LegNet June 2009
Every year, Congress recesses for the month of August and representatives return to their home districts. Representatives and Senators use much of this time to meet with their constituents, learning about the issues that matter to the people they are representing. During this recess, when representatives are at home and eager to hear from you, plan to spend some time advocating for GFWC's Public Policy Priority Issues.
Writing and calling your representatives throughout the year is an important part of the lobbying process and should not be undervalued, but having the opportunity to present your position directly to your representative can have a tremendous impact on the strength of your cause. By meeting face to face, you can let your legislator know that you are truly passionate about an issue and more fully articulate your position. This is the most effective way to lobby for your position because it puts a human face on the issue and allows your representative to see the strength of your conviction.
When planning to meet with your legislator, make sure to be well prepared and knowledgeable about the facts of the issues and your own position. You should not get into arguments with your representative regardless of how much you disagree with their policy position. Rather, present your case clearly and succinctly, letting your representative know what the legislation will do and what the specific impact would be on you and your community. Your argument will be more impressive if you stick to presenting the facts rather than descending into ad hominem attacks.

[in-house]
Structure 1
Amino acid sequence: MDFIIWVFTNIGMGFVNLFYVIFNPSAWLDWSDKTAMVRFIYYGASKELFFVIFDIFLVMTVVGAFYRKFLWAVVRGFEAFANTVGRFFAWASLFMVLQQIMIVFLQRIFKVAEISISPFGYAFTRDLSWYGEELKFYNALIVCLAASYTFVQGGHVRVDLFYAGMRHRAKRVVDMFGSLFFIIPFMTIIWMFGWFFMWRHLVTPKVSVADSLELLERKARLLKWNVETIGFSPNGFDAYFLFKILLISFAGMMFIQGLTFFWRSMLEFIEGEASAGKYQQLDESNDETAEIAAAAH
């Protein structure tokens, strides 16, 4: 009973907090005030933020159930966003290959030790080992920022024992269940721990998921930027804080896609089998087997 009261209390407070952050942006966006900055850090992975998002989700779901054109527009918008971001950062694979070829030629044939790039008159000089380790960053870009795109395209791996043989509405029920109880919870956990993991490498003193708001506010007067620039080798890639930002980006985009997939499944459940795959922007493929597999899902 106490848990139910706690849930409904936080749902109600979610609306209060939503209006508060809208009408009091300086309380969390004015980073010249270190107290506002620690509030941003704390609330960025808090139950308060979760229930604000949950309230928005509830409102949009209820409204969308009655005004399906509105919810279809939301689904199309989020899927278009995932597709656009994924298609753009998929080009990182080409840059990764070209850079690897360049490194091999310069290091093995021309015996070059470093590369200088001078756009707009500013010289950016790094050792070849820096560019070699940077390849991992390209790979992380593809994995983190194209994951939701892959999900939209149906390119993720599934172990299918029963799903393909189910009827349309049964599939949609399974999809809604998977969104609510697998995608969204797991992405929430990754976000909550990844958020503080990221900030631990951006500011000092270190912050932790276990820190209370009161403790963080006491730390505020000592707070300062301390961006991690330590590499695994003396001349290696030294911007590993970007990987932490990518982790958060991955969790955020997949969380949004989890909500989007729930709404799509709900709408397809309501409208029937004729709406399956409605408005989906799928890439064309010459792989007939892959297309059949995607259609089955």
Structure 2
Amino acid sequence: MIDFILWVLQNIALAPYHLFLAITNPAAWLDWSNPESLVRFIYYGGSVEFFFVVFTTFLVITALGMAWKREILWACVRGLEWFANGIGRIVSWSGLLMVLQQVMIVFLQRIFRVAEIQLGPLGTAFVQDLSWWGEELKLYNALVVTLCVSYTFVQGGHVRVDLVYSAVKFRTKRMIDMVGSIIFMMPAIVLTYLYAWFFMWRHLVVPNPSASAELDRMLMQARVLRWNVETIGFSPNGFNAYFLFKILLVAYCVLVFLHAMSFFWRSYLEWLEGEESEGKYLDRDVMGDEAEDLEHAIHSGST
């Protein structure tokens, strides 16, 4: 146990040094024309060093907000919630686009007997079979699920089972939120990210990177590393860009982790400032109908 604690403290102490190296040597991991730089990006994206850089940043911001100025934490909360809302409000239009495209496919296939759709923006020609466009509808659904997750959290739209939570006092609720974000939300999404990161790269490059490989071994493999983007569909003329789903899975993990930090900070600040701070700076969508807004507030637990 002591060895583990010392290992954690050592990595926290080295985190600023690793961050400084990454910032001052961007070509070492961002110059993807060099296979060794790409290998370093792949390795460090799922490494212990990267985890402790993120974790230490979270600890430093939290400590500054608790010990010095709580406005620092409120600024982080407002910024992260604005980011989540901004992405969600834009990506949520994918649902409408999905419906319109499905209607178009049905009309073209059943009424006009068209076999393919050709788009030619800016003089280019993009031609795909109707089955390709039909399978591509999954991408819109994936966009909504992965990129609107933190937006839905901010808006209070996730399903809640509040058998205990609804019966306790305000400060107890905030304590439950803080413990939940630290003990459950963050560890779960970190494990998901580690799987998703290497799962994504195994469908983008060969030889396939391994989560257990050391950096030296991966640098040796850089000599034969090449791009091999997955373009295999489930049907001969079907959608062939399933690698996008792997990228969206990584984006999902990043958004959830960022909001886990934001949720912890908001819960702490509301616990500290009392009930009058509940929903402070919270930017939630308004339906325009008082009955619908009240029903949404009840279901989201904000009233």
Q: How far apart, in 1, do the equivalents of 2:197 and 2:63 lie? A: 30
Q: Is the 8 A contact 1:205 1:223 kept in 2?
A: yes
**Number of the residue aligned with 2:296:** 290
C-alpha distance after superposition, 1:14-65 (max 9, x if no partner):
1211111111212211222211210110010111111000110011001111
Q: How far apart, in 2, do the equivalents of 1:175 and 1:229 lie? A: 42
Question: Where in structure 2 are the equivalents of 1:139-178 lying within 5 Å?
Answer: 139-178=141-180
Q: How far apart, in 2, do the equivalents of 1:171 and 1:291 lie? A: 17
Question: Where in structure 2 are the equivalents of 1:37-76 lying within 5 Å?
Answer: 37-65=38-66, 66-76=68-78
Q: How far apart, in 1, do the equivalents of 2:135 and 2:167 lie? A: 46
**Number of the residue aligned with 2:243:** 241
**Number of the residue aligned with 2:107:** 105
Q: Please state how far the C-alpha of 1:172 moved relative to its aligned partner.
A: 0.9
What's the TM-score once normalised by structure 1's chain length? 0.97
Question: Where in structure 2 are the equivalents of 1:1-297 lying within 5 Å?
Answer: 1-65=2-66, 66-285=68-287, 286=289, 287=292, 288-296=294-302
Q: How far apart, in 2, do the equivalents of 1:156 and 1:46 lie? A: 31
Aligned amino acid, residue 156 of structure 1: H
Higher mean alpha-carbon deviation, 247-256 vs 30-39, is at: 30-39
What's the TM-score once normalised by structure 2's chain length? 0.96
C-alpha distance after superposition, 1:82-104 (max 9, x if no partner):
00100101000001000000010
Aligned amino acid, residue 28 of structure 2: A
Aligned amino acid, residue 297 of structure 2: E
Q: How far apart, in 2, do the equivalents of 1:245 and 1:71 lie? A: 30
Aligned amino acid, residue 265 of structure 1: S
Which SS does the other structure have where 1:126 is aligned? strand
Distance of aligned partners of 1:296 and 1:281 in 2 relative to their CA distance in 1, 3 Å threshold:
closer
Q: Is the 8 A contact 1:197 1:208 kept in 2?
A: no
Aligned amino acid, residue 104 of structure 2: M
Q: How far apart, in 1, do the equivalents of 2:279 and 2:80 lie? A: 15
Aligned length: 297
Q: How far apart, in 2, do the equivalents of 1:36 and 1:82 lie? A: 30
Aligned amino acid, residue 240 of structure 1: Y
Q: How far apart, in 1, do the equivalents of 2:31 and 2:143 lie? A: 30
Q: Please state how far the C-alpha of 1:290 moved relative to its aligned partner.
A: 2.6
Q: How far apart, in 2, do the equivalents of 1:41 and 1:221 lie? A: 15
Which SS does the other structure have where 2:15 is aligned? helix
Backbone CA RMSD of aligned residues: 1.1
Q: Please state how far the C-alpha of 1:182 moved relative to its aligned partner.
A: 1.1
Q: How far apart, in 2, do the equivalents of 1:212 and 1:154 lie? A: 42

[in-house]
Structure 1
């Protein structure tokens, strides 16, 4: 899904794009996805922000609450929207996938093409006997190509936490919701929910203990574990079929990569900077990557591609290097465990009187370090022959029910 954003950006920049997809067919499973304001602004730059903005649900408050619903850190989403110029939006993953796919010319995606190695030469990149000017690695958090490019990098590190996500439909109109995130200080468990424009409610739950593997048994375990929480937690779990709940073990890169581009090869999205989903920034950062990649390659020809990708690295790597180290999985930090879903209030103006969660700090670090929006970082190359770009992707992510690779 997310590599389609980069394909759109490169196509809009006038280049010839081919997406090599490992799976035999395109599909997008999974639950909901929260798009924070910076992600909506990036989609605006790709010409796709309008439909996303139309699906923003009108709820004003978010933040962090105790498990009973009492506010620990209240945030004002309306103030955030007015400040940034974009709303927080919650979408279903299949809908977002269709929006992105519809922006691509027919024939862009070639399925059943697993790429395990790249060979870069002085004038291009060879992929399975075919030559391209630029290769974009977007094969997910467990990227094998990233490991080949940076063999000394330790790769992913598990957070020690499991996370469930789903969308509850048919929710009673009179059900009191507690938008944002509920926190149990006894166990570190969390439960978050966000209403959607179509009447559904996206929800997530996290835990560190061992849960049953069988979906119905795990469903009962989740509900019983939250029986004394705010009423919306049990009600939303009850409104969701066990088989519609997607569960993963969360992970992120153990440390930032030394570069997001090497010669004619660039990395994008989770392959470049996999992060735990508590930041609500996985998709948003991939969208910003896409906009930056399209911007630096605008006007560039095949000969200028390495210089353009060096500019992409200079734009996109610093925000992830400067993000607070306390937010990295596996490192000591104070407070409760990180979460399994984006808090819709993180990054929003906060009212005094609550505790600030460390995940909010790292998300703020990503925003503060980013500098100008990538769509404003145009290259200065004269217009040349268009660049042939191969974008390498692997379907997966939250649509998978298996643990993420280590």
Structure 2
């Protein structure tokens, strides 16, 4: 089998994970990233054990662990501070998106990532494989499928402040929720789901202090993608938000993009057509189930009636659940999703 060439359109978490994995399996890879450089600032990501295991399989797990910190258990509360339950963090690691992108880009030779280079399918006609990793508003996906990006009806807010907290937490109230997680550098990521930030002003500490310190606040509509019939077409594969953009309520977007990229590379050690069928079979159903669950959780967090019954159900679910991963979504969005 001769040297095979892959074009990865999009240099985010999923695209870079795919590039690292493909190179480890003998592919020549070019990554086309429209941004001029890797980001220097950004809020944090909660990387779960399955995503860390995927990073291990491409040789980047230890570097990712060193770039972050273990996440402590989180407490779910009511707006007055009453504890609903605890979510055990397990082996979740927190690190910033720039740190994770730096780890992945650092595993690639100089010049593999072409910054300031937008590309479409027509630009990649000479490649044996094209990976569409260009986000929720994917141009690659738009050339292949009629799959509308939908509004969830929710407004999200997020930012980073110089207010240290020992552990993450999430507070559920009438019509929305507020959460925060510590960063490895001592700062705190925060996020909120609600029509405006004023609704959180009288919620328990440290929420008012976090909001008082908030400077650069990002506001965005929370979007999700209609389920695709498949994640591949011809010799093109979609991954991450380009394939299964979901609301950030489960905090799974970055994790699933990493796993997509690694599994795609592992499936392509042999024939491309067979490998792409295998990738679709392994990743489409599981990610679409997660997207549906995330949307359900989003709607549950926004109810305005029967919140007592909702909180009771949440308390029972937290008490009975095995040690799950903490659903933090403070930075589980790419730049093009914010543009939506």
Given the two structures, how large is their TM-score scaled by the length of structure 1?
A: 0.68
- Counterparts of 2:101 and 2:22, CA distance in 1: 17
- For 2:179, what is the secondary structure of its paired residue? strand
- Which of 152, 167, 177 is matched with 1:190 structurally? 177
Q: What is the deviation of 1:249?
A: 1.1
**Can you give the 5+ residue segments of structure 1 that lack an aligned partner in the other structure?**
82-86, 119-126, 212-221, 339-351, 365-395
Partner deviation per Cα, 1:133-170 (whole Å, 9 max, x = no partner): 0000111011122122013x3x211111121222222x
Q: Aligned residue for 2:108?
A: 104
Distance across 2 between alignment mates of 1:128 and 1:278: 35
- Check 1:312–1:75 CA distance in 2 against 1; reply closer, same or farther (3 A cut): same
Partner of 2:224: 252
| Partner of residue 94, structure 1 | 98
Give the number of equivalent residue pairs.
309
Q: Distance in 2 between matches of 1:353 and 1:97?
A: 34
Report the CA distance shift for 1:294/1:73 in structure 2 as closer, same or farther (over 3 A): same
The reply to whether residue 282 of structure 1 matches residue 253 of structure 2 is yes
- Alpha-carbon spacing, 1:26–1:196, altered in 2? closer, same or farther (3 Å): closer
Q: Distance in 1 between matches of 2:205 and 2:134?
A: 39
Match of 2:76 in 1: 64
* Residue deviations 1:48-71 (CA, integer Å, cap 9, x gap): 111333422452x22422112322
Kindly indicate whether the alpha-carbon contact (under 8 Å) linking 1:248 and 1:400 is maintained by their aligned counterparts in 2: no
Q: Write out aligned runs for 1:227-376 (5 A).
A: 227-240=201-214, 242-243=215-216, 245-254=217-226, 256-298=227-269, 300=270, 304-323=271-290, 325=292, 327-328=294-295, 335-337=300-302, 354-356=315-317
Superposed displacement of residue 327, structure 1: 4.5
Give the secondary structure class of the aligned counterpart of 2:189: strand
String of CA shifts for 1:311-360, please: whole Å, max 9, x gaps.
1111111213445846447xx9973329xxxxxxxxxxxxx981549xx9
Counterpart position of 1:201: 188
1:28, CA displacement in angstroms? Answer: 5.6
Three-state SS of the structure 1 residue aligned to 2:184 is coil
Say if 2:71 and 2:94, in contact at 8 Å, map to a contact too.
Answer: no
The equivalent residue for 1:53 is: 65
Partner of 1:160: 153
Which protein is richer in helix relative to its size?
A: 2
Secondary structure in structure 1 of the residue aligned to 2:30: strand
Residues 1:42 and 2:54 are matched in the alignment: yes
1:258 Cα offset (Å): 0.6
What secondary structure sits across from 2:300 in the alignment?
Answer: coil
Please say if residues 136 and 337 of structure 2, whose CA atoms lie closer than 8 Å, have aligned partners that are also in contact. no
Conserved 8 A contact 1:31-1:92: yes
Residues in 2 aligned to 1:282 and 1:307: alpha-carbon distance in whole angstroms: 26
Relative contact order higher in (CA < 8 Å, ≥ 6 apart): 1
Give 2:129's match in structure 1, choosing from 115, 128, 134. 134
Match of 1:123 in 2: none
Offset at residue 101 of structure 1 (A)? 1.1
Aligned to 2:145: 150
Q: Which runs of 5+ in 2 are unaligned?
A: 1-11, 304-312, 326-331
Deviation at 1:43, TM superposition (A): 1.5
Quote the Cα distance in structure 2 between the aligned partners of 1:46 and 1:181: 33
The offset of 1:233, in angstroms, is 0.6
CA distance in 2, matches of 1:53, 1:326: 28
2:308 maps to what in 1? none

Your representatives are elected to protect and advance the interests of their constituents. As such, clubwoman constituents must reach out to be heard!
You can schedule a meeting with your Member of Congress or their staff in their district office. Or invite your Member of Congress to an event that your GFWC club is planning or to tour your clubhouse and learn more about your volunteer work. There are three steps to schedule a meeting or event with your Member of Congress.
- Contact the Scheduler. Members of Congress have staff dedicated to managing their schedules, both while they are in Washington and at home in their district. To schedule a meeting or event, contact their district office and ask to speak with the Scheduler who is responsible for their schedule while they are in the district. (This person may be in the district office or a Scheduler in their DC office staff may handle all events.) To get information on how to contact their district offices, go to www.Senate.gov or www.House.gov and find your representative's personal website. Or, you can contact their DC office through the Capitol switchboard at 202/224-3121.
- E-mail or fax a scheduling request letter. Most Congressional offices will request a short letter addressed to the Scheduler that states the purpose of the meeting, the proposed dates and times, and the individuals who want to attend. If you are inviting the Member to an event or to tour a site, give details about the invitation and explain that you would be honored to have the Member attend or visit. Mention that it would be a great press opportunity for your Member. Make sure to include your contact information so that the Scheduler can get back to you.
- Follow-up and confirm the meeting details. After you send your letter, make a phone call to the Scheduler to followup. They will help arrange the details and ensure that your Member of Congress has all the information that they need to prepare. It may take several phone calls before you hear a response and sometimes they will not be able to give an answer immediately. Because they receive a high volume of faxes, they will often they ask you to resend your scheduling request letter. Be patient and offer to call again closer to the event or desired meeting date.